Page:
Summer and Sunscreens!

Summer is rapidly approaching, the signs are all around us. The weather is warming up, kids are graduating from school for the summer, and Pittsburgh staples like Kennywood and Sandcastle are opening their doors for the season!

If you are anything like me you look forward to getting out of the house and spending time outside. Whether it is a walk around the block, a run in South Park, or a week at the beach on vacation. We are all finding ways to get out of the house and enjoy the weather before the snow rears its ugly head back in the ‘burgh.

Along with all this summer fun comes an essential tool for protecting ourselves from the stealthy killer known as skin cancer. We now know that sunscreen and sunblock are essential for protecting our skin from cancer, premature skin aging, and even protecting our immune systems.

Sunscreen

There is a lot of changing research into which methods are best and a great deal of confusion among the general public as to what SPF, Sunscreen, and Sunblock are. We also get many questions in regards to waterproof or water resistant and what that means.

Popular Water Resistant Sunscreens

There are two types of sun rays that affect our skin, UVA (long wave) and UVB (short wave) rays. UVA light rays are the most prevalent and the least intense of the two, UVA light can also penetrate through clouds and glass. UVA light penetrates the skin deeply and is the main culprit in premature skin aging and wrinkling. It was originally believed that UVA (also known as the tanning rays) had little effect on skin cancer risk, but after nearly 2 decades of research scientists can now point to UVA rays as potential cancer initiators. Tanning beds primarily emit UVA light at a concentration of 12 times what you get from the same amount of exposure to the sun. Modern research now shows that tanning beds can drastically increase your risk of melanoma, this is especially true in the younger skin of teenagers.

UVB light is less prevalent in the environment, but is the primary cause of skin reddening and sunburn. UVB also plays a significant role in skin aging, wrinkling, and increased cancer risk. UVB light is most prevalent between 10am and 4pm, it is essential during this time of day to seek shade or protect your skin with clothing or sunblock/sunscreen. UVB light does not penetrate glass well, but is easily reflected onto your skin from surrounding light colored surfaces, snow, or water.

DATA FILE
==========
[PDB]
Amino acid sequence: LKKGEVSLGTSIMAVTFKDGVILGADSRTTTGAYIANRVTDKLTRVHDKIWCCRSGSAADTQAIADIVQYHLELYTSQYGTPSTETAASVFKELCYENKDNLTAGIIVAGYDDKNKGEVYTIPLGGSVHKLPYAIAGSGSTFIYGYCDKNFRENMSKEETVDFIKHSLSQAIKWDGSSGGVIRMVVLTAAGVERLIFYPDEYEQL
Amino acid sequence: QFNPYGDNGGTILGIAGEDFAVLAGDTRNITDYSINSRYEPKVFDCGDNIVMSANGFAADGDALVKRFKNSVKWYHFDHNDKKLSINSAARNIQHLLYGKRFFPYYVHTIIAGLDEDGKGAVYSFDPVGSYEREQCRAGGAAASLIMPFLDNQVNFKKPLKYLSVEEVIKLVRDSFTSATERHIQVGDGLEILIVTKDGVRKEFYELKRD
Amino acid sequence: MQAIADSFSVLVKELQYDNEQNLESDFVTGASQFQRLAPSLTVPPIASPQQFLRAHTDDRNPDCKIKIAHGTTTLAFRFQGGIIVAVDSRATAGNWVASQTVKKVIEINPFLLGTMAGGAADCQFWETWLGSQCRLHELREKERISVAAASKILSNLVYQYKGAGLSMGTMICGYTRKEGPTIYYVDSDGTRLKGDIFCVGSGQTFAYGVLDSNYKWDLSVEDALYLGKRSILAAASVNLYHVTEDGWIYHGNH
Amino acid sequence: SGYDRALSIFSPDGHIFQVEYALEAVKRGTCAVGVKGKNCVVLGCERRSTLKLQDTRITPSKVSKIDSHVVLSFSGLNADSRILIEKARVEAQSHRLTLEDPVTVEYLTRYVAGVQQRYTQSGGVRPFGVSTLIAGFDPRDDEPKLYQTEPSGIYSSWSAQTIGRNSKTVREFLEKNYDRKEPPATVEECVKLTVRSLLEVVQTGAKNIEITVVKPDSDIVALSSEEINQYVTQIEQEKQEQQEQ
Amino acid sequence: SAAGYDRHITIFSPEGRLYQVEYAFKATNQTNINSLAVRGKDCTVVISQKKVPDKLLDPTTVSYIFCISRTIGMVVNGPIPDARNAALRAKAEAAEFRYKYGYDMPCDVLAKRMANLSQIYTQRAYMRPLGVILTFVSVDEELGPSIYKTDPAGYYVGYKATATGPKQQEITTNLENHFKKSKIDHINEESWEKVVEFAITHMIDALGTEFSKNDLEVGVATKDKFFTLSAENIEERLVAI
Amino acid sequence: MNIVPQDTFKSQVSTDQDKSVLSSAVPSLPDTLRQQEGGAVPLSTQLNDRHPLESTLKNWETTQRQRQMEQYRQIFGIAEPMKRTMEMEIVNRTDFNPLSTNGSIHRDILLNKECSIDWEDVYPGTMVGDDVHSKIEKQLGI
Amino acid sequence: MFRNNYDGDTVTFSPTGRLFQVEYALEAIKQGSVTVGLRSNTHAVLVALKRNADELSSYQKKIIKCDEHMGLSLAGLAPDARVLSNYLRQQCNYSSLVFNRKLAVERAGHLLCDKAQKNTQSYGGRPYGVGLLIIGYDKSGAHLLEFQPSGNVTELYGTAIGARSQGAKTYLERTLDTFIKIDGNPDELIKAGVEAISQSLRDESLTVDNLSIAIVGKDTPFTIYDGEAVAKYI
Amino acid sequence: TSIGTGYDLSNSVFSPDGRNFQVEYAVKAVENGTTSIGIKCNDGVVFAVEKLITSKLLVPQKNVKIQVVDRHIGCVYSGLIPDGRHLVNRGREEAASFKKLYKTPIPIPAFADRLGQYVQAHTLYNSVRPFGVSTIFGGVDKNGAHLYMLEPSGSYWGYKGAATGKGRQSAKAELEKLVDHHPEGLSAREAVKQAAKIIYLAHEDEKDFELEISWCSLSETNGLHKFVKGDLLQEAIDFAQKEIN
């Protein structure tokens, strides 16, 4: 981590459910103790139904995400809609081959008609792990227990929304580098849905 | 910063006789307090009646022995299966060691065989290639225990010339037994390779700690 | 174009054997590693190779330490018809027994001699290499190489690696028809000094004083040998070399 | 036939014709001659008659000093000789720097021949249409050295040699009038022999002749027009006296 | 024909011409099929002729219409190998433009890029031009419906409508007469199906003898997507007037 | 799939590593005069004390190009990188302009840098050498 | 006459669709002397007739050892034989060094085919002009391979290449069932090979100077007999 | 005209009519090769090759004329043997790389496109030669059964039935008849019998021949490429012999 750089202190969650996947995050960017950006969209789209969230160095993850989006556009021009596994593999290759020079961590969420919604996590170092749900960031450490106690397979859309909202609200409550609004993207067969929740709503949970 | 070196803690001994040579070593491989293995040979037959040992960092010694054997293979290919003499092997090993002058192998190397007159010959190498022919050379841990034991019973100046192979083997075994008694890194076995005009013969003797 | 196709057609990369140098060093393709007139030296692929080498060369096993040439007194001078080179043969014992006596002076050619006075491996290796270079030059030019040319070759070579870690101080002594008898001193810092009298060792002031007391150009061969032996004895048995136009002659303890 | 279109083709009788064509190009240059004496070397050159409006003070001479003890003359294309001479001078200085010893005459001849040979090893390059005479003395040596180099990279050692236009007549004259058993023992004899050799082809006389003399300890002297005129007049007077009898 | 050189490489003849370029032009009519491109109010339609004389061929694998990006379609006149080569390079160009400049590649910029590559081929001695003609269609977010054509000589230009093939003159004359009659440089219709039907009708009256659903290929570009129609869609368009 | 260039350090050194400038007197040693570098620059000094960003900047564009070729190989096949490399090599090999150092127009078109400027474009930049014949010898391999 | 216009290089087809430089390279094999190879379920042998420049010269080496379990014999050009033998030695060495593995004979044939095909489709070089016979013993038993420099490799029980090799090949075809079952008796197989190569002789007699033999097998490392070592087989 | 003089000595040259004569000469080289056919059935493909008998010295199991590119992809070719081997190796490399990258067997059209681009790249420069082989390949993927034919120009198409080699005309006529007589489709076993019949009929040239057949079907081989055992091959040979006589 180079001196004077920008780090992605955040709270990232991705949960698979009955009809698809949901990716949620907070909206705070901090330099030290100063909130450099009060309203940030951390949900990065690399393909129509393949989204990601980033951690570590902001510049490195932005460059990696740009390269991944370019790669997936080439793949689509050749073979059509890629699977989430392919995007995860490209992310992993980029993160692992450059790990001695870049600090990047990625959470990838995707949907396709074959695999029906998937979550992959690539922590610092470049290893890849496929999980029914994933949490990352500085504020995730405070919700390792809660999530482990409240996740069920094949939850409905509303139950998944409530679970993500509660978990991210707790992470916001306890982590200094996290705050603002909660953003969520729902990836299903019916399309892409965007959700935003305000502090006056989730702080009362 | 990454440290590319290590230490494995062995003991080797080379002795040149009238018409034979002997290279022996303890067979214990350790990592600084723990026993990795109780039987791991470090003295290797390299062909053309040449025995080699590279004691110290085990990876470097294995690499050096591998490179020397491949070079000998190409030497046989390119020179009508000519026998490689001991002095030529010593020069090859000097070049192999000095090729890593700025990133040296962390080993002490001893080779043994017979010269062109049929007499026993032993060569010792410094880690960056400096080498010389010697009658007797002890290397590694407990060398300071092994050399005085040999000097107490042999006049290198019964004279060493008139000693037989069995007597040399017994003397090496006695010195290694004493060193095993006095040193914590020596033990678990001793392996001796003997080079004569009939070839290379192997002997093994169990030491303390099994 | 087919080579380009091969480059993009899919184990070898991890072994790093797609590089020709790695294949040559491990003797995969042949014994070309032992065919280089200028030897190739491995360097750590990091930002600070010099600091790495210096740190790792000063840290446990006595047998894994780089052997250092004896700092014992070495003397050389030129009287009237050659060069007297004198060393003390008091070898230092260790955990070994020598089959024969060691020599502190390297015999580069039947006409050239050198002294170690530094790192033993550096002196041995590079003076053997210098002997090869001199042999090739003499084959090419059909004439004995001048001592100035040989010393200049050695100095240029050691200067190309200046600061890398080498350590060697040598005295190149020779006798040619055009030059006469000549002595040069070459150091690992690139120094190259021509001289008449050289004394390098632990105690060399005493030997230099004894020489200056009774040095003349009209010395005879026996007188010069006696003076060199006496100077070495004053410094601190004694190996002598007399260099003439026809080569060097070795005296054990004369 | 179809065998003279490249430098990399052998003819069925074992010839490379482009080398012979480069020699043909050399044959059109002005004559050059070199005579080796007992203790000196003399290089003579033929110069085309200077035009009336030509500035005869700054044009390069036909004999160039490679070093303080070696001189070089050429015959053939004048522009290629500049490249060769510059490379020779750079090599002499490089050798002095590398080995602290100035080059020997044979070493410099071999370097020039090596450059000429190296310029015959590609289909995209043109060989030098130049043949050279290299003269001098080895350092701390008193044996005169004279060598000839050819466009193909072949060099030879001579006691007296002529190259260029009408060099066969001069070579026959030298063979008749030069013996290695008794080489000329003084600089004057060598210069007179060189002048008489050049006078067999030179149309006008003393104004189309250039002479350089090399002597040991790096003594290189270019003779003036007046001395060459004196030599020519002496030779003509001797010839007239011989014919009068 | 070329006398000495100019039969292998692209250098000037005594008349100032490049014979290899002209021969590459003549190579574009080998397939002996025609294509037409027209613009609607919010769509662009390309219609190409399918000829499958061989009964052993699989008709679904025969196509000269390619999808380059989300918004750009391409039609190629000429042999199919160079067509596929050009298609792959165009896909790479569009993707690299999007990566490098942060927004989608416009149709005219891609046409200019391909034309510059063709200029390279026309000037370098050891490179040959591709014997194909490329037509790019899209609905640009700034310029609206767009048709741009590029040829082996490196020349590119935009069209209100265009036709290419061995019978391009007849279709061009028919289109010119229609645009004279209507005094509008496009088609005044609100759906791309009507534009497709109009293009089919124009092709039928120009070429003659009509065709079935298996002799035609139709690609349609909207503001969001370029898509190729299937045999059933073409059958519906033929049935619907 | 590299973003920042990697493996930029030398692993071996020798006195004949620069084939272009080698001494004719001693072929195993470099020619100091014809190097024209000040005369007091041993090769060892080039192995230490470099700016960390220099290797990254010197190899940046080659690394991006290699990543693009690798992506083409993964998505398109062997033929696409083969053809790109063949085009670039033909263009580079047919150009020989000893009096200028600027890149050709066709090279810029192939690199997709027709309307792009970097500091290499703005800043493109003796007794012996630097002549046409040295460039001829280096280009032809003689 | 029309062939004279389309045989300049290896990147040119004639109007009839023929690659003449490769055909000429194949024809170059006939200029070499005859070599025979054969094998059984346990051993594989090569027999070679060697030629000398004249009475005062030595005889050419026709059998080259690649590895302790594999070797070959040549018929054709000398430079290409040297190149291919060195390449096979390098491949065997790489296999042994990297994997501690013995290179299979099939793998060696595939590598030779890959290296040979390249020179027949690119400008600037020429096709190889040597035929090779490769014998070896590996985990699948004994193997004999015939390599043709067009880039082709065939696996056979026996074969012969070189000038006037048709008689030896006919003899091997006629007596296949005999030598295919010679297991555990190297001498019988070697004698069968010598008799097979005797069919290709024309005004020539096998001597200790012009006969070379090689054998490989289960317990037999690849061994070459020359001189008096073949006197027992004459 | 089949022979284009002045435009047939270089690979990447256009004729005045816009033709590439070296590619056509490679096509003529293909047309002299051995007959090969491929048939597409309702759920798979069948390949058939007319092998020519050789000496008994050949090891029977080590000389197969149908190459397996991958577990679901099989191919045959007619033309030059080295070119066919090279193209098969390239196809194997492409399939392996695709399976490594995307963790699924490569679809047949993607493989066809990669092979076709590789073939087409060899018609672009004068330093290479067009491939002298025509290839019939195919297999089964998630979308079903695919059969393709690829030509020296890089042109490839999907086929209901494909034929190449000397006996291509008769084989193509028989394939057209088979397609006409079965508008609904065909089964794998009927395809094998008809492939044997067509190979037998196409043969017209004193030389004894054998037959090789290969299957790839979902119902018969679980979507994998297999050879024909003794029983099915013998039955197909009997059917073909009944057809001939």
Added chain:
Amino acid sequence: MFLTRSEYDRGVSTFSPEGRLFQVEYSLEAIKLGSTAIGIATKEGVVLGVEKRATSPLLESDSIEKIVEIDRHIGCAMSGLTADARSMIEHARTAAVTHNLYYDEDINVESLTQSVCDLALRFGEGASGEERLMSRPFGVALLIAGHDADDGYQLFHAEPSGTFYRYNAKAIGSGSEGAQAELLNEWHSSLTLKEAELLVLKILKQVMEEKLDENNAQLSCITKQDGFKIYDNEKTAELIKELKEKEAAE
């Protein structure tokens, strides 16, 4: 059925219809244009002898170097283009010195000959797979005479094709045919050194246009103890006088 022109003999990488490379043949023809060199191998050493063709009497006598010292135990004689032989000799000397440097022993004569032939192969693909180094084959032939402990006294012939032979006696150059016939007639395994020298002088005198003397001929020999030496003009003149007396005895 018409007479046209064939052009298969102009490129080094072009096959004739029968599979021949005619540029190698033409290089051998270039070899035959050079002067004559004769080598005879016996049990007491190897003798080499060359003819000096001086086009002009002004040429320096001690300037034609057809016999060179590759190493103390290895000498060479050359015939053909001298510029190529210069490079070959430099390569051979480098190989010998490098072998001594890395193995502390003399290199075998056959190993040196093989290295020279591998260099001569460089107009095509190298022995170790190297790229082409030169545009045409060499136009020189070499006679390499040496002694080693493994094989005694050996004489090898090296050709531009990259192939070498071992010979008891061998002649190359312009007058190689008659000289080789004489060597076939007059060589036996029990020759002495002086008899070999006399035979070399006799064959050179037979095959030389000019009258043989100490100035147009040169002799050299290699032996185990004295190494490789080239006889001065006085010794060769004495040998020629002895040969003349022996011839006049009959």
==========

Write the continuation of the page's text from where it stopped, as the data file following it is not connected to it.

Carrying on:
There are a great deal of myths surrounding sun exposure, if you would like a quick informative read, I would recommend this link (Click here)

The most important way you can protect yourself and your skin from UVA and UVB rays is to avoid long spells of direct unprotected sun exposure during the hours of 10am to 4pm. This can be accomplished by seeking shade, spending time indoors, and by protecting your skin with a physical barrier like a zinc sunscreen or clothing, or a chemical barrier like sunblock.

Many clothing items, especially sports related clothing now also provide a UPF rating which can tell you how well the article will block the sun. The higher the UPF rating for your clothing, the less UV light will pass through the garment to your skin. Loosely woven fabrics (ie, clothes you can see through) are going to block a lot less UV light than tightly woven fabrics that are harder to see through.

Sensitive skin, and Kids Sunscreens

So you are all set to head outside and take in the summer weather, you have your tightly knit fabrics, your wide brimmed hats, and of course your sunglasses (which prevent cataracts!). You then need to decide which sunscreen or sunblock is best for you and your skin type.

Sunscreen and sunblock “strength” is determined by SPF (sun protection factor). SPF is not actually an amount of protection, but an indication of how long it will take UVB rays to redden skin with the sunscreen/sunblock as opposed to without the protection. An SPF of 15 would protect the user’s skin from redness 15 times longer than no protection at all. A sunscreen with SPF of 15 will screen out 93% of the suns UVB rays, an SPF of 30 would screen out 97% of the suns UVB rays, and and SPF of 50 would screen out 98% of the suns UVB rays. All sunscreens block the majority of the redness causing UVB rays that reach your skin, the higher number just determines how much longer you can stay in the sun before you risk burning. Most cancer and physician organizations recommend a minimum of SPF 15.